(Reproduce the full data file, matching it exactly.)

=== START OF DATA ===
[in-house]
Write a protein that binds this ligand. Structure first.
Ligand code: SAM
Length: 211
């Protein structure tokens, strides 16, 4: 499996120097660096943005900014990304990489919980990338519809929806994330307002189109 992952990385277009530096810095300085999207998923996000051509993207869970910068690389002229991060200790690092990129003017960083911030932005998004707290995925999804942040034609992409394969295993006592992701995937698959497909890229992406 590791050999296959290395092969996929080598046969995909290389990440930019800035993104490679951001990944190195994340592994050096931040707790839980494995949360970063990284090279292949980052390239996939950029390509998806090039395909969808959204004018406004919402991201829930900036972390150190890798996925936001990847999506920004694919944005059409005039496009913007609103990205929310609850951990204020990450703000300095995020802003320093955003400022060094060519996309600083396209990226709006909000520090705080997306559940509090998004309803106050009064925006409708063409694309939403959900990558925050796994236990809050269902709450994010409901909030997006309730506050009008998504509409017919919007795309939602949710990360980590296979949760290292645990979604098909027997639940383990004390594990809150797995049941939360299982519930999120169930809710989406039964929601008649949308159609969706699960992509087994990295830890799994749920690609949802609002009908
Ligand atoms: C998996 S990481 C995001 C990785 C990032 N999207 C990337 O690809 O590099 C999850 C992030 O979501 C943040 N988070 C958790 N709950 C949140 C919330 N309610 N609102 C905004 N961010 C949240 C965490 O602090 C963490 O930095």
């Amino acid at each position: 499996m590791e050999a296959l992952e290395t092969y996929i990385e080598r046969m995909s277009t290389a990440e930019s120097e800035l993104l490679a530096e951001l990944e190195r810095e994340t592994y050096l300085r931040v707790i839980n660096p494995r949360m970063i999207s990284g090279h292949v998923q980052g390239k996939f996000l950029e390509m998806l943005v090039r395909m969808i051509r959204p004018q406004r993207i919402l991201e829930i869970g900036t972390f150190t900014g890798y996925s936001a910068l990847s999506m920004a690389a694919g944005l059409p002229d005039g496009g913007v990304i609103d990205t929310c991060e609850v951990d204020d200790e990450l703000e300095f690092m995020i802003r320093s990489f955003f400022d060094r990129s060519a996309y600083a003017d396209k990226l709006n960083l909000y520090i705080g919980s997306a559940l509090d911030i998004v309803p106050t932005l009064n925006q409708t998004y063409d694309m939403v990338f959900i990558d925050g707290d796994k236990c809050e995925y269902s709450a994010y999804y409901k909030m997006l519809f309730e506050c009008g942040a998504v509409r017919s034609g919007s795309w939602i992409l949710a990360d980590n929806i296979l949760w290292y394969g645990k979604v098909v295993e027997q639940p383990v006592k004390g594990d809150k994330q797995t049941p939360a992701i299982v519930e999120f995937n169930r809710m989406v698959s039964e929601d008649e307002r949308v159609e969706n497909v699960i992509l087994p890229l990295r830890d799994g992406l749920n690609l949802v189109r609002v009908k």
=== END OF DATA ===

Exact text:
[in-house]
Write a protein that binds this ligand. Structure first.
Ligand code: SAM
Length: 211
């Protein structure tokens, strides 16, 4: 499996120097660096943005900014990304990489919980990338519809929806994330307002189109 992952990385277009530096810095300085999207998923996000051509993207869970910068690389002229991060200790690092990129003017960083911030932005998004707290995925999804942040034609992409394969295993006592992701995937698959497909890229992406 590791050999296959290395092969996929080598046969995909290389990440930019800035993104490679951001990944190195994340592994050096931040707790839980494995949360970063990284090279292949980052390239996939950029390509998806090039395909969808959204004018406004919402991201829930900036972390150190890798996925936001990847999506920004694919944005059409005039496009913007609103990205929310609850951990204020990450703000300095995020802003320093955003400022060094060519996309600083396209990226709006909000520090705080997306559940509090998004309803106050009064925006409708063409694309939403959900990558925050796994236990809050269902709450994010409901909030997006309730506050009008998504509409017919919007795309939602949710990360980590296979949760290292645990979604098909027997639940383990004390594990809150797995049941939360299982519930999120169930809710989406039964929601008649949308159609969706699960992509087994990295830890799994749920690609949802609002009908
Ligand atoms: C998996 S990481 C995001 C990785 C990032 N999207 C990337 O690809 O590099 C999850 C992030 O979501 C943040 N988070 C958790 N709950 C949140 C919330 N309610 N609102 C905004 N961010 C949240 C965490 O602090 C963490 O930095």
């Amino acid at each position: 499996m590791e050999a296959l992952e290395t092969y996929i990385e080598r046969m995909s277009t290389a990440e930019s120097e800035l993104l490679a530096e951001l990944e190195r810095e994340t592994y050096l300085r931040v707790i839980n660096p494995r949360m970063i999207s990284g090279h292949v998923q980052g390239k996939f996000l950029e390509m998806l943005v090039r395909m969808i051509r959204p004018q406004r993207i919402l991201e829930i869970g900036t972390f150190t900014g890798y996925s936001a910068l990847s999506m920004a690389a694919g944005l059409p002229d005039g496009g913007v990304i609103d990205t929310c991060e609850v951990d204020d200790e990450l703000e300095f690092m995020i802003r320093s990489f955003f400022d060094r990129s060519a996309y600083a003017d396209k990226l709006n960083l909000y520090i705080g919980s997306a559940l509090d911030i998004v309803p106050t932005l009064n925006q409708t998004y063409d694309m939403v990338f959900i990558d925050g707290d796994k236990c809050e995925y269902s709450a994010y999804y409901k909030m997006l519809f309730e506050c009008g942040a998504v509409r017919s034609g919007s795309w939602i992409l949710a990360d980590n929806i296979l949760w290292y394969g645990k979604v098909v295993e027997q639940p383990v006592k004390g594990d809150k994330q797995t049941p939360a992701i299982v519930e999120f995937n169930r809710m989406v698959s039964e929601d008649e307002r949308v159609e969706n497909v699960i992509l087994p890229l990295r830890d799994g992406l749920n690609l949802v189109r609002v009908k």